Caused by the new features of .NET 2.0 and VS 2005 I started to write the Enhanced BrowseForFolder styled TreeView (
TreeViewStrategy) code from the ground up new. As I came along the new
TreeView features, I figured out that it's now possible to use state images in an easy way. So my first take was to implement tristate checkboxes, a useful feature in a folder browser. I realized that, with a few lines of code, state images can be used in many scenarios, that's the reason why you're reading these lines. Hope it's useful for your development as well.
CustomStateTreeView inherits from
System.Windows.Forms.TreeView and expects its nodes to implement the
IStateTreeNode interface. The following events/methods are overridden to provide the custom state check logic:
OnHandleCreated - Used to create the
OnKeyDown - Hit testing.
OnMouseDown - Hit testing.
To override, these methods became necessary because:
- out of the box, the control only handles node states if
CheckBoxes are enabled.
- the boolean check flag of a
System.Windows.Forms.TreeNode just knows two states.
To implement the desired behaviour, I wrote custom code to handle the node state. The tree view now delegates the state change to the node. The node itself is responsible to change its state accurate to its current context and data.
MouseDown now determine the hit test result to check if the user changed the check state of a certain node. If this happens, the custom Check method is called.
System.Windows.Forms.TreeViewHitTestInfo info =
if (info.Node != null && info.Location.ToString() == "StateImage")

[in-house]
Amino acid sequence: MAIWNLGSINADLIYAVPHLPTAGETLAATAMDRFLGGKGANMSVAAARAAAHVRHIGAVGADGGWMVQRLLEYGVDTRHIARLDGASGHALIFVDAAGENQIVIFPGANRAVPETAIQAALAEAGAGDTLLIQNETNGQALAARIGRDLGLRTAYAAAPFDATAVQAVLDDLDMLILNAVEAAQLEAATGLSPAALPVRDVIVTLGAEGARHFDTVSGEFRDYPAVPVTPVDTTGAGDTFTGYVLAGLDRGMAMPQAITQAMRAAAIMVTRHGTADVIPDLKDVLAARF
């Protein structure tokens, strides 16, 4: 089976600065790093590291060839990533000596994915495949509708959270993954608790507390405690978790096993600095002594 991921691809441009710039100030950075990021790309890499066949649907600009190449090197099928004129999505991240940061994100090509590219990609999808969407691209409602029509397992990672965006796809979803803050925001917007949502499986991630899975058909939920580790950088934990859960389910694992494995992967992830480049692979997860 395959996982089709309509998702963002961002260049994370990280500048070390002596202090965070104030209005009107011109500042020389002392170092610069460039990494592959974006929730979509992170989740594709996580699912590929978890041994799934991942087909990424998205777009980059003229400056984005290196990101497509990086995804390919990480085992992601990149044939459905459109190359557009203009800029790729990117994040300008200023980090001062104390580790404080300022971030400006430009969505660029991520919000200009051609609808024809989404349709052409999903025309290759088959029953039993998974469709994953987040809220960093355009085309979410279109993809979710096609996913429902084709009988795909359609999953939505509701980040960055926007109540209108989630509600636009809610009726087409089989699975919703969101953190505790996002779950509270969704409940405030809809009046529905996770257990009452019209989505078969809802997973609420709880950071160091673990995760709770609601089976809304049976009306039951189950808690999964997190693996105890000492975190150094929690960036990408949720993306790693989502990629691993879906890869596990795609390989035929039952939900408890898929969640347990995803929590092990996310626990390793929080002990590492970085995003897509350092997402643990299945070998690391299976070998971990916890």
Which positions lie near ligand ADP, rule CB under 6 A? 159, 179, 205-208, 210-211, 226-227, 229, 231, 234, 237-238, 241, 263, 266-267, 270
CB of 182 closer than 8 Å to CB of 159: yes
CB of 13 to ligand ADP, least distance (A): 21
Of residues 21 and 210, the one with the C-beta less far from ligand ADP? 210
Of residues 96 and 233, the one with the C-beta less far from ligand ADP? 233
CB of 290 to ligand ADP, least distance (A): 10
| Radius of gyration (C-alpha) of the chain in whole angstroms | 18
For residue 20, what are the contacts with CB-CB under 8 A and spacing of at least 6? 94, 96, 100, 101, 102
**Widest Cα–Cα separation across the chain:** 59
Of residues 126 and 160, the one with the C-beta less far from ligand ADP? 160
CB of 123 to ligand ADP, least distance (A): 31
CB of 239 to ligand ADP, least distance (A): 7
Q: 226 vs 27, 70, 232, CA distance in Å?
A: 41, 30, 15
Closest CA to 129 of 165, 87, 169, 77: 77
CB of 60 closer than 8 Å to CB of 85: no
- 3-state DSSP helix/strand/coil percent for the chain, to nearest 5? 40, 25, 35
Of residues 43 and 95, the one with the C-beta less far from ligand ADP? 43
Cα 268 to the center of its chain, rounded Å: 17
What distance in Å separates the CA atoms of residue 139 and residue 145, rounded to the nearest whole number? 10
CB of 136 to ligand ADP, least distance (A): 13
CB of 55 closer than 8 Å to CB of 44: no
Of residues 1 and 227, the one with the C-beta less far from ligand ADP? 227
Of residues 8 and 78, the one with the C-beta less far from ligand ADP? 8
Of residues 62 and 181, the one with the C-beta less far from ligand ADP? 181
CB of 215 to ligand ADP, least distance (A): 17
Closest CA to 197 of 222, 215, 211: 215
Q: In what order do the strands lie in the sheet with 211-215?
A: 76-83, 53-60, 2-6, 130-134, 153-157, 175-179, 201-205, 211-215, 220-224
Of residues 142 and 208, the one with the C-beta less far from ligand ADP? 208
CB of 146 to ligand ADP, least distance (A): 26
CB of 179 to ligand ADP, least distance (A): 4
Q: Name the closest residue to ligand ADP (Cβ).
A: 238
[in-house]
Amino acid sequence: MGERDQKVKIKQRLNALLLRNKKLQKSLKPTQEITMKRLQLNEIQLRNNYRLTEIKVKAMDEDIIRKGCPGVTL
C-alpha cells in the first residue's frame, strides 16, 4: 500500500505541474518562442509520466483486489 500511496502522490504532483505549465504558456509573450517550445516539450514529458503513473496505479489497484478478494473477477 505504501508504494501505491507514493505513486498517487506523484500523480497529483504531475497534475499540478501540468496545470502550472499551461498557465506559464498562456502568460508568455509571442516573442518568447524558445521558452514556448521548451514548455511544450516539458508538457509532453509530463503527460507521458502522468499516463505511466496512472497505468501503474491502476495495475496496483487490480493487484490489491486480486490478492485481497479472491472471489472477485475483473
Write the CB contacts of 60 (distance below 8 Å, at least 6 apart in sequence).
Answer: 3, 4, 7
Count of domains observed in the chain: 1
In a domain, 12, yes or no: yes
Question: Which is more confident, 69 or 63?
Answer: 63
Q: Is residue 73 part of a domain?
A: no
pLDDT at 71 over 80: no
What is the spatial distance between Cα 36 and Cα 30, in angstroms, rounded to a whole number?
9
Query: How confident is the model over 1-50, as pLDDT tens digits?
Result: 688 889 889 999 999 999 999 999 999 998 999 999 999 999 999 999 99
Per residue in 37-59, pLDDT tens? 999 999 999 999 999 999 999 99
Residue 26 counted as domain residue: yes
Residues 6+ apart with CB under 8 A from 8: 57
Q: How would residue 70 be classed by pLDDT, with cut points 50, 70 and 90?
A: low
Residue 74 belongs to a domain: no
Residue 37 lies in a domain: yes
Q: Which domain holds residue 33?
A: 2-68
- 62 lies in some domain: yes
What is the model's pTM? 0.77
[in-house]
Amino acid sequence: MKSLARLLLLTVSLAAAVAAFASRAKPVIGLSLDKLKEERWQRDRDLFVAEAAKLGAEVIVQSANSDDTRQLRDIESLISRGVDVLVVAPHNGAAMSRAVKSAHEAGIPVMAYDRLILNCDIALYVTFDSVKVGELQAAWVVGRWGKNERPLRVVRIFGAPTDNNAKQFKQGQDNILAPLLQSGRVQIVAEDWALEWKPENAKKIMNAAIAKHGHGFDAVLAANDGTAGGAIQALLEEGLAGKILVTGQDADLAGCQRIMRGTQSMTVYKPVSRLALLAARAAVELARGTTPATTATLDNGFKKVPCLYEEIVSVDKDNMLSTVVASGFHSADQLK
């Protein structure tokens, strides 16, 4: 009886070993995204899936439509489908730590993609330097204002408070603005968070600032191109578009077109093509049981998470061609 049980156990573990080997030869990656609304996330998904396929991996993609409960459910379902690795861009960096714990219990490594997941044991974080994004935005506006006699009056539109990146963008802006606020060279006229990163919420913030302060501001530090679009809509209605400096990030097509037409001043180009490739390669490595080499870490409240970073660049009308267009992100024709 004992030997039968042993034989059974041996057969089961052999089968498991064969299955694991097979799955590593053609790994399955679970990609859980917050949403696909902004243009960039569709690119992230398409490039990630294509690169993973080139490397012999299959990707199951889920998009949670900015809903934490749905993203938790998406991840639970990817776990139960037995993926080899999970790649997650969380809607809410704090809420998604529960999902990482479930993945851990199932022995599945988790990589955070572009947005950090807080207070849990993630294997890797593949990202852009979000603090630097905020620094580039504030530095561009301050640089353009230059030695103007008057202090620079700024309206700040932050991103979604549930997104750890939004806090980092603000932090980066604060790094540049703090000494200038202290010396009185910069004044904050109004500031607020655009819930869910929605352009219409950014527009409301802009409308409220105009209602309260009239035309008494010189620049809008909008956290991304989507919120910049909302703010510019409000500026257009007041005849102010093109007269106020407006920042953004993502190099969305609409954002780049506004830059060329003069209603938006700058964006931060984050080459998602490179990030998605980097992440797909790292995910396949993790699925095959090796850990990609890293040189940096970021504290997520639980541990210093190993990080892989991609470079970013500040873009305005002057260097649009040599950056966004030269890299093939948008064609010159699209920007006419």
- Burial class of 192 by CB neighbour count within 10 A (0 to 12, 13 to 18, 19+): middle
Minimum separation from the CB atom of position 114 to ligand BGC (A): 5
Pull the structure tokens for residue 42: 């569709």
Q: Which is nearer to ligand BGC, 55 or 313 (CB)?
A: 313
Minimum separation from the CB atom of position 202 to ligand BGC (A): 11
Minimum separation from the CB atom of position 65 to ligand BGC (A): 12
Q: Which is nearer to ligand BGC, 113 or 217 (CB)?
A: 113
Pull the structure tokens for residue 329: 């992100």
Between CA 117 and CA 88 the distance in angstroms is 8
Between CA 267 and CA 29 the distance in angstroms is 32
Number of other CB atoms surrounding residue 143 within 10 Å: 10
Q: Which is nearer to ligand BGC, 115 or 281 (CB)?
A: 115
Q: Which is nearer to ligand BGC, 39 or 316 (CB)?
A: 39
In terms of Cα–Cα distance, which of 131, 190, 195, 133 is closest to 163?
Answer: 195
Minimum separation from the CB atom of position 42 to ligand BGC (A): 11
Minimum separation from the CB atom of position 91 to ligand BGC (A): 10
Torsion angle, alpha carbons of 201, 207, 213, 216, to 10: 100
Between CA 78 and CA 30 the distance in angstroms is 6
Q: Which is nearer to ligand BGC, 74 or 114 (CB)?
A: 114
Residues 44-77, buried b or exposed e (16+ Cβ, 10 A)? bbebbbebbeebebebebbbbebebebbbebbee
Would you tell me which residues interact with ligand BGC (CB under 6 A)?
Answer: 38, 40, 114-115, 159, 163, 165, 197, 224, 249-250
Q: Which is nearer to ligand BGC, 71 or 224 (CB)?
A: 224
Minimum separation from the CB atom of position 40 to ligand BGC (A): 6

OnCustomCheck method preserves the
AfterCheck event logic. So it's still possible to cancel a Check action.
protected virtual void OnCustomCheck(System.Windows.Forms.TreeNode node,
System.Windows.Forms.TreeViewCancelEventArgs e = new
System.Windows.Forms.TreeViewCancelEventArgs(node, false, action);
if (e.Cancel) return;
if (node is IStateTreeNode)
OnAfterCheck(new System.Windows.Forms.TreeViewEventArgs(node, action));
E.g.: for the tri-state tree node, I used the following interface implementation:
public virtual System.Windows.Forms.CheckState CheckState
_checkState = value;
StateImageIndex = (int)value;
void IStateTreeNode.UpdateState(System.Windows.Forms.TreeViewCancelEventArgs e)
this.CheckState = System.Windows.Forms.CheckState.Indeterminate;
CheckState = System.Windows.Forms.CheckState.Unchecked;
CheckState = System.Windows.Forms.CheckState.Checked;
To use state images in your project, add CustomStateTreeView.cs and derive your tree view from
CreateStateImages() to fill your state images into the
StateImageList. On the other side, implement
IStateTreeNode to your
TreeNode classes, and switch
StateImageIndex there to show the image you added to visualize the desired state.
Tri-state nodes are nice, but bear in mind that features like load on demand and complex recursive node checking aren't part of this article. This one just lets you use custom state images with a few lines of code.